The ‘Last Dance’ for a first time director

Posted on Friday 9/5/2014 September, 2014 by Rialto Admin


Actress Julia Blake and Last Dance director David Pulbrook. 

Showing right now on Rialto, Australian film
 ‘Last Dance’ could be termed merely a damn great thriller, but I (and many others) believe that it's something much more than that. Highly topical in light of current happenings at several conflict spots around the globe, it’s also a film about tolerance and forgiveness, the unspeakable effects of religious and racial hatred and the power of kindness and basic humanity to change lives.

Last Passenger, first time director

Posted on Wednesday 8/27/2014 August, 2014 by Rialto Admin


In the feature film ‘Last Passenger’ (showing this week on Rialto Channel) Lewis Shaler (a weary-looking Dougray Scott) is a doctor and solo dad heading home with his young son Max (Joshua Kaynama) on a late night train from London. In true cinematic fashion, Max accidentally causes fellow passenger Sarah Barwell (a pixie-ish Kara Tointon) to spill coffee on her coat, prompting Shaler to apologize to Barwell. The interaction is the beginning of a romantic connection between the two.

Later, while the train is stationary, Shaler notices an unidentifiable man tampering with the train's brakes. As the train begins to move again the plot thickens - he sees another man crawling across the tracks and on investigation, Shaler discovers the conductor has vanished…

Rialto Natural Selection

Posted on Wednesday 8/20/2014 August, 2014 by Rialto Admin



“You can choose your friends but you sho' can't choose your family, an' they're still kin to you no matter whether you acknowledge 'em or not, and it makes you look right silly when you don't.
”  ― Harper Lee, To Kill a Mockingbird

In my family tree I have (in no particular order) a partisan, a French gambling whiz who reportedly broke the bank at Monte Carlo and various circus folk - all of which appear very glamorous/fascinating in hindsight, but were probably serious trouble in their day! It is most definitely true that you can choose your friends but you can’t choose your family, and generations of feuds (Cain and Abel, anyone?), embarrassments and hell raisers just go to show that’s not going to change in a hurry.

Behind the mask

Posted on Wednesday 8/13/2014 August, 2014 by Rialto Admin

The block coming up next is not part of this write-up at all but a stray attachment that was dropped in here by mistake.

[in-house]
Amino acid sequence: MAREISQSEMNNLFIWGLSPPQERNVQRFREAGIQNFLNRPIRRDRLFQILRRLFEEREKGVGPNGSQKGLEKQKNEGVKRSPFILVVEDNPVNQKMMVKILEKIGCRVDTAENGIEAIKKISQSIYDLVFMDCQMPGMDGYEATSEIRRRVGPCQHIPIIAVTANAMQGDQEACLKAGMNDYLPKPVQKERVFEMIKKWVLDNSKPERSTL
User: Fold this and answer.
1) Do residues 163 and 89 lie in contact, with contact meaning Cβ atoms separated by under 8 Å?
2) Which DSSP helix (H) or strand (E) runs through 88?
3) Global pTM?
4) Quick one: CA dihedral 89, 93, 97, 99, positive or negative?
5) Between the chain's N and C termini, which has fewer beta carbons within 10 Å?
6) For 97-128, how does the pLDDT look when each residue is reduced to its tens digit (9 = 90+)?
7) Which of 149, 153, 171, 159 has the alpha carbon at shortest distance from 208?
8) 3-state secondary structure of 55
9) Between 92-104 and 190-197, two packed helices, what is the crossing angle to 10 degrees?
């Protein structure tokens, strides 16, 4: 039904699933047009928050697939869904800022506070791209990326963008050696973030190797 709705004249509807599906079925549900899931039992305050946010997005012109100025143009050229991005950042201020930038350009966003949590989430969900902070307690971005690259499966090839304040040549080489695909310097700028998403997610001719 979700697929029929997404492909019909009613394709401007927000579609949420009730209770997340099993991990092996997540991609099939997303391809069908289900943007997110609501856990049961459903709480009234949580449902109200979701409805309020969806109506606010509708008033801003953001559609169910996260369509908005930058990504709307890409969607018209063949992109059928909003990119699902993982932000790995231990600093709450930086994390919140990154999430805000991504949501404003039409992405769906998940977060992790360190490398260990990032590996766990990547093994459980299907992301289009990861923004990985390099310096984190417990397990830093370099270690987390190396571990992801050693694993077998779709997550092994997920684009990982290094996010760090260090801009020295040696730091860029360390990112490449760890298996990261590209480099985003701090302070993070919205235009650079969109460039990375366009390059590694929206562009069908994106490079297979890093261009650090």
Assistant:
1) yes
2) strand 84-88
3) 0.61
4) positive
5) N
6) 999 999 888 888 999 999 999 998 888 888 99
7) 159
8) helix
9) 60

“The virtue of wrestling is that it is the spectacle of excess,” French theorist Roland Barthes, ‘Mythologies’

When I lived in Mexico many years ago, one of my favourite pastimes was a weekly visit to the wrestling ring. In the seaside town I was living in ‘Lucha Libre’ was king, and attending masked wrestling matches in Mexico City completely blew my mind. The strength, the theatricality and the passion of the audience were absolutely unfathomable to me previously; it truly was great spectacle at its best.

A spotlight on the game of champions

Posted on Monday 8/4/2014 August, 2014 by Rialto Admin


“Chess is life.”  -  Bobby Fischer

I was one of the lucky people who got to see New Zealand film ‘The Dark Horse’ debut at the NZIFF a couple of weeks ago, its first public outing and a night that ensured its future as a Great Kiwi Film. Everyone in the house was moved, buoyed and impressed by the tale of Maori chess Genesis Potini, and the work he did with underprivileged and challenged youth in his own hometown.

Rialto Beatlemania

Posted on Wednesday 7/30/2014 July, 2014 by Rialto Admin



They emerged as smiley faced mop tops and conquered the world, but it was when The Beatles got all freaky that I think they really came into their own. It was also the moment that George Harrison - AKA ‘the quiet Beatle’ - really made his presence felt, and established his status as perhaps the coolest and most progressive thinking of the lot.

The documentary “George Harrison: Living in the Material World”  - directed by Martin Scorcese and showing now on Rialto - has been polarising for fans of the man and the band, but I love that fact that it has at its heart his dedication to Eastern thought and the power of meditation.